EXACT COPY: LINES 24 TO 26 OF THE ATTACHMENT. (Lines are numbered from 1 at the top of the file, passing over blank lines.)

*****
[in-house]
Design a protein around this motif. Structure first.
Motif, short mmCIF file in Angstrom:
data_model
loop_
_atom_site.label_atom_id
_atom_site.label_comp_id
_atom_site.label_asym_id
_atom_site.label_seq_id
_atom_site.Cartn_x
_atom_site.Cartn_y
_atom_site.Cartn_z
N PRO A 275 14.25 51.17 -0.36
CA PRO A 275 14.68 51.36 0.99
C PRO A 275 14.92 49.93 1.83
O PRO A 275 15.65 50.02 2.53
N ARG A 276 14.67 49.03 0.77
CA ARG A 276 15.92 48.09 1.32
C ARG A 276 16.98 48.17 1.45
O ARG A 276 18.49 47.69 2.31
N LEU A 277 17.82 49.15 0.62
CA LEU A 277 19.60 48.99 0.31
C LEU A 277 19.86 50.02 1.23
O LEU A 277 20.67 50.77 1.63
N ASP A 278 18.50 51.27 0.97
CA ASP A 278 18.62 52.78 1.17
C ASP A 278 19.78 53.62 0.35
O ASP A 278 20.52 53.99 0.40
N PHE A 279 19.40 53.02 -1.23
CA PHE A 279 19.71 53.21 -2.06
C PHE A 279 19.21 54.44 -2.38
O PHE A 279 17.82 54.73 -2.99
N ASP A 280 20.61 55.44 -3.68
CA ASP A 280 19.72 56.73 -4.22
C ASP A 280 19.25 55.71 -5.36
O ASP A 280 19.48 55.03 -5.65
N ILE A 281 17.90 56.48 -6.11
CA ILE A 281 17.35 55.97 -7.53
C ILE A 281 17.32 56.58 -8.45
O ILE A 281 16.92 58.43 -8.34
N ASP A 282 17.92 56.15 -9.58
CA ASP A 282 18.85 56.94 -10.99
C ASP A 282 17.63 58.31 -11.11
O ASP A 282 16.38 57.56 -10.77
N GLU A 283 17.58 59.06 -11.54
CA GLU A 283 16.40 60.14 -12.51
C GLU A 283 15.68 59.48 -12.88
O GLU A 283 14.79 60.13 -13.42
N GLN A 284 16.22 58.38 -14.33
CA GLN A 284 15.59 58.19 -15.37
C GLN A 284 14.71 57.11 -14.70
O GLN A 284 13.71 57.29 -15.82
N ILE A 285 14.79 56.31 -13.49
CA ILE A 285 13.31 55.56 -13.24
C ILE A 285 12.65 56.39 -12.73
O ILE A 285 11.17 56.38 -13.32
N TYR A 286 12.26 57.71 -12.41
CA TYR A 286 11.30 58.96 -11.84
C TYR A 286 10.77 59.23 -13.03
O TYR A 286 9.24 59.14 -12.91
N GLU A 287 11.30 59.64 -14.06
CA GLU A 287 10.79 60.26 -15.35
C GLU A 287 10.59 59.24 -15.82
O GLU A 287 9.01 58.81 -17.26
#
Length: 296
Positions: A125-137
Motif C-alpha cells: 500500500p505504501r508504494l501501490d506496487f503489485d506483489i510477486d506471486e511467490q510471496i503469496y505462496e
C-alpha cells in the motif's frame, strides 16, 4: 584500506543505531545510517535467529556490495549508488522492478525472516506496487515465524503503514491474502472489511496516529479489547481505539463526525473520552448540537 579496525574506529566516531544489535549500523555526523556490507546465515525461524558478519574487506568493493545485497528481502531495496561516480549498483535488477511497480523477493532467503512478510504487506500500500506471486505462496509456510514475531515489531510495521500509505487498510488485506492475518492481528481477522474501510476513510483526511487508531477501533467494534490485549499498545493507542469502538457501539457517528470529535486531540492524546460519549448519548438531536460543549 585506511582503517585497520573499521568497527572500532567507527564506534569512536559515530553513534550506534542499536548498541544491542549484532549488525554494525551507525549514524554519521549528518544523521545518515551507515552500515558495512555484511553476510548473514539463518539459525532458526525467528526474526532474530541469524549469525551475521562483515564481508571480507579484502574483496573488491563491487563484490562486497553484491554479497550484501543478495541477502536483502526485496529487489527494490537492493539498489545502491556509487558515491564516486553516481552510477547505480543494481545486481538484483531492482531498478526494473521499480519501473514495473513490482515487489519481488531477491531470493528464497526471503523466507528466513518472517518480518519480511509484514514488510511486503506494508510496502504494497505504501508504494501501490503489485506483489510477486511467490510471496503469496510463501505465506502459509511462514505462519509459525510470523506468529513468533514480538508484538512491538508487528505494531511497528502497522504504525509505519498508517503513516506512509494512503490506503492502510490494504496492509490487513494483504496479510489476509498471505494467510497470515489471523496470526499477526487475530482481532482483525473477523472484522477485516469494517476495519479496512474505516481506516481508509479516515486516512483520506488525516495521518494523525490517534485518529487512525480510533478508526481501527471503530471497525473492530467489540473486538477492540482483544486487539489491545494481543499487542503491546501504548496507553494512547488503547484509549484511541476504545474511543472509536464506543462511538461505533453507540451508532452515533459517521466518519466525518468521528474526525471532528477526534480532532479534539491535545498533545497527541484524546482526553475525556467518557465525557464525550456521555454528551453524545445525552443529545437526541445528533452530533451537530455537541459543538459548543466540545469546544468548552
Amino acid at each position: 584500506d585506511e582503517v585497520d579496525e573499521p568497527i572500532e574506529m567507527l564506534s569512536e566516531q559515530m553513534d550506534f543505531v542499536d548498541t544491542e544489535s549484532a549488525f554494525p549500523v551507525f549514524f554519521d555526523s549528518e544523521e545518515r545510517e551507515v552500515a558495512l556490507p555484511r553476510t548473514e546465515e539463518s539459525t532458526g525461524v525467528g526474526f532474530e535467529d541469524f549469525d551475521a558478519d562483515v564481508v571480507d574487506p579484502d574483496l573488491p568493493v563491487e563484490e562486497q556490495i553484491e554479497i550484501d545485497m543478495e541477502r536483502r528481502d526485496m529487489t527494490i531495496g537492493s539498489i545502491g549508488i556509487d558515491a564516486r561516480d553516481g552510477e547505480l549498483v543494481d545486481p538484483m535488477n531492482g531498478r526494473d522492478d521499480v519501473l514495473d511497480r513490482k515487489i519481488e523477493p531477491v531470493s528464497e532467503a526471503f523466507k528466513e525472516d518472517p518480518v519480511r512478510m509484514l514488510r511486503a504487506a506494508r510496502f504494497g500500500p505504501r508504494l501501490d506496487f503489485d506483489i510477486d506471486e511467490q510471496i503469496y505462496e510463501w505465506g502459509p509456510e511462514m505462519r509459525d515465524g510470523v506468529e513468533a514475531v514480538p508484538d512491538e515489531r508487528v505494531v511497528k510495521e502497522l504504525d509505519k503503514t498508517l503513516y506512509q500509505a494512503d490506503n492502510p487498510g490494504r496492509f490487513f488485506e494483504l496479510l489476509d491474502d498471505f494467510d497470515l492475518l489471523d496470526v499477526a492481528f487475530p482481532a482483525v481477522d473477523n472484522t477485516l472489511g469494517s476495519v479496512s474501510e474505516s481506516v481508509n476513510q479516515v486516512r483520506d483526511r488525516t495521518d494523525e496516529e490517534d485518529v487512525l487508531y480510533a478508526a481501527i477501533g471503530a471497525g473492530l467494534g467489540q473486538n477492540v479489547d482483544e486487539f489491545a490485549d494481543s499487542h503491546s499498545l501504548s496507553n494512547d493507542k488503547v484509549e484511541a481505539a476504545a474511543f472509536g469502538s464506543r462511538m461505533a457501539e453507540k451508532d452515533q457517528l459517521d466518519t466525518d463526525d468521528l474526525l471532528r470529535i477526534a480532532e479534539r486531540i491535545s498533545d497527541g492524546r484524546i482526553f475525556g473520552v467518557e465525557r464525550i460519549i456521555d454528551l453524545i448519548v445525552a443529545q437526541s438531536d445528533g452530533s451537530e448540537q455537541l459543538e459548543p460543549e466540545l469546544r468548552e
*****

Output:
O LEU A 277 20.67 50.77 1.63
N ASP A 278 18.50 51.27 0.97
CA ASP A 278 18.62 52.78 1.17